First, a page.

Health care, education and research, health administration and personal health decisions take place today in an information space fed by many sources of digital and printed information, some of which are not owned by an organization or individual. Each organization must implement approaches that select the right subset of information from the available sources, and present it in the way most effective for a given problem and person. Examples of context- appropriate information include, but are not limited to:

Three core features are essential for meaningful context-appropriate information:

1. The use of standards. Effective integration of research data, clinical information and published knowledge requires common syntax and semantics. To achieve their IAIMS goals, health organizations must use common vocabularies and adopt information standards that support the integration and exchange of health information. It is expected that applicants for IAIMS grants will use SNOMED, HL7, LOINC, DICOM, XML, components of the Unified Medical Language System (UMLS) or other nationally-recognized information standards. The following examples are aims that would benefit from an IAIMS approach:

2. Appropriate stewardship over information. An IAIMS environment involves the creation and management of a digital library. As used here, the phrase ‘digital library' refers to a collection of information, data or knowledge, stored on a computer and accessible across a network to other local and distributed computers. Probable components in a digital library include published articles and books, electronic personal health records, multimedia curriculum materials, research databanks and data warehouses of administrative or clinical information. Departmental and organizational boundaries can impede the flow of usable, useful information (1) between centers of activity within a single organization (such as between 2 health professions school), or (2) among unaffiliated organizations, (such as departments at different universities or a community consortium of hospitals), making it difficult to build and sustain a digital library. Organizations involved in IAIMS must implement approaches that facilitate the building and use of digital libraries, bringing information acquired in one arena of action, such as clinical care, to people in another arena, such as research or public health.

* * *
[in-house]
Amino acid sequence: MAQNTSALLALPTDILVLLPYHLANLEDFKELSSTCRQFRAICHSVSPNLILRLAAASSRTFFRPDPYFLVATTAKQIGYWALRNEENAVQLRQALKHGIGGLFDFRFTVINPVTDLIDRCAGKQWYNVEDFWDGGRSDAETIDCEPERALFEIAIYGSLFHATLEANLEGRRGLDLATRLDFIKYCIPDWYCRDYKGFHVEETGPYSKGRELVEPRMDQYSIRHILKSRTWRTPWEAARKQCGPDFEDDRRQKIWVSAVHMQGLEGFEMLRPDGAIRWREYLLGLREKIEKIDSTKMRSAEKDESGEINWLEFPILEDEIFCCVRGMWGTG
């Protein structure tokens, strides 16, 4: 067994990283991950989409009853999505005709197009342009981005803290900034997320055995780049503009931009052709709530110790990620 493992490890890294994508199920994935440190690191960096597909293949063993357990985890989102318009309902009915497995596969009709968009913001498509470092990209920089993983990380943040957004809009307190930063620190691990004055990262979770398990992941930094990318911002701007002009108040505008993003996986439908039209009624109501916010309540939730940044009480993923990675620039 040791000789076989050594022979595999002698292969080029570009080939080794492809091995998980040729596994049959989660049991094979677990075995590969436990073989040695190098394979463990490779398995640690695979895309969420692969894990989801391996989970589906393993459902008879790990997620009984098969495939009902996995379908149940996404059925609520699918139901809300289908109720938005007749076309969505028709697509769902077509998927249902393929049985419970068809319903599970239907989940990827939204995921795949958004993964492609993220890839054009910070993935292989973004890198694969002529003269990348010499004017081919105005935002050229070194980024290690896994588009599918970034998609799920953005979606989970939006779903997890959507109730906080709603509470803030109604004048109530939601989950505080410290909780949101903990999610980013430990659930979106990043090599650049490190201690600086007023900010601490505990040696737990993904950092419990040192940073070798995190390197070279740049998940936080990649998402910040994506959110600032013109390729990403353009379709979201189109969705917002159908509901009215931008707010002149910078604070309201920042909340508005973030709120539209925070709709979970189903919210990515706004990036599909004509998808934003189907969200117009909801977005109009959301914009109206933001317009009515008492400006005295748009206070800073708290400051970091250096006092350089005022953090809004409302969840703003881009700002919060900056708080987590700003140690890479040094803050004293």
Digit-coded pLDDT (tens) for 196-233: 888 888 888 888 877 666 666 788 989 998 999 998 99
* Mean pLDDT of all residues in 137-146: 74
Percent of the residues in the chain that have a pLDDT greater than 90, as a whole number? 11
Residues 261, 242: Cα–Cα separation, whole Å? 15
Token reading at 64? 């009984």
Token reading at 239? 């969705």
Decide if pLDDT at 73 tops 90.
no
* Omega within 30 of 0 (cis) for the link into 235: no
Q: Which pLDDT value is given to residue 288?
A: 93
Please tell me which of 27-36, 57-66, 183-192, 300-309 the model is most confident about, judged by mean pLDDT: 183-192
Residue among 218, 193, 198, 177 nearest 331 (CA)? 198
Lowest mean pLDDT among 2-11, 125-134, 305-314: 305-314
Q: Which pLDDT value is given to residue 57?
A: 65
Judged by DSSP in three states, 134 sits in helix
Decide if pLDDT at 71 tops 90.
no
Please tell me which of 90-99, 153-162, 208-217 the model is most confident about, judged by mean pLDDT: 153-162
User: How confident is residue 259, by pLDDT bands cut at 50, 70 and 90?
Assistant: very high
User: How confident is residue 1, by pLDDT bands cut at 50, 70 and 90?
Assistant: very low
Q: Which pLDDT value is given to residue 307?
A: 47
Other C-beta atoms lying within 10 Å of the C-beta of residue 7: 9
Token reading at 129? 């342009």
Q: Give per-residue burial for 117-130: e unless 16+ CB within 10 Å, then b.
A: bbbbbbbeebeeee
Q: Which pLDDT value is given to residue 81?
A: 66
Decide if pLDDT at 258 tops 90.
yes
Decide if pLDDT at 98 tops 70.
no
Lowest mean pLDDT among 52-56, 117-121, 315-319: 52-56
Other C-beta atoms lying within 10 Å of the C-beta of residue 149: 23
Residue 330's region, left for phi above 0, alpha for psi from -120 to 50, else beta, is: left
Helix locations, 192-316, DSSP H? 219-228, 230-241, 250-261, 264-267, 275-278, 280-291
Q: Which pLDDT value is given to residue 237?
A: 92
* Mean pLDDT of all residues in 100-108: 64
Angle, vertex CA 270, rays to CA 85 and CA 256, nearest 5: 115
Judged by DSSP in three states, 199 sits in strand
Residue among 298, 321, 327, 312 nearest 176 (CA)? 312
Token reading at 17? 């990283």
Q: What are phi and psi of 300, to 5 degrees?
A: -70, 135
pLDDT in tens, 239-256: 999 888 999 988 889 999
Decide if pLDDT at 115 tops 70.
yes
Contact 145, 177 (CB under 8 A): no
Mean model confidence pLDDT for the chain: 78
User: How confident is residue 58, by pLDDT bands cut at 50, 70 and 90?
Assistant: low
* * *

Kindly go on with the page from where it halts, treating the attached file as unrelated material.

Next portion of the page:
The phrase ‘information management' can be used to describe the functions of stewardship over the digital library in an IAIMS setting. Methods of stewardship must be in place to assure the availability of useful, usable, reliable information. Examples include:

3. Information management structure. Organizational structures and policies are required in an IAIMS environment to support decisions, deployment, evaluation, enhancement and replacement of appropriate information systems and services. A discussion of the participants' current approach to information management is a required component of all IAIMS applications.

It is expected that IAIMS projects will include more than one institution, and may include organizations of different types such as hospitals, clinics, community centers and local government health departments. Collaborative projects such as these give desirable economies of scale, affect greater numbers of users, and can take good advantage of network infrastructures.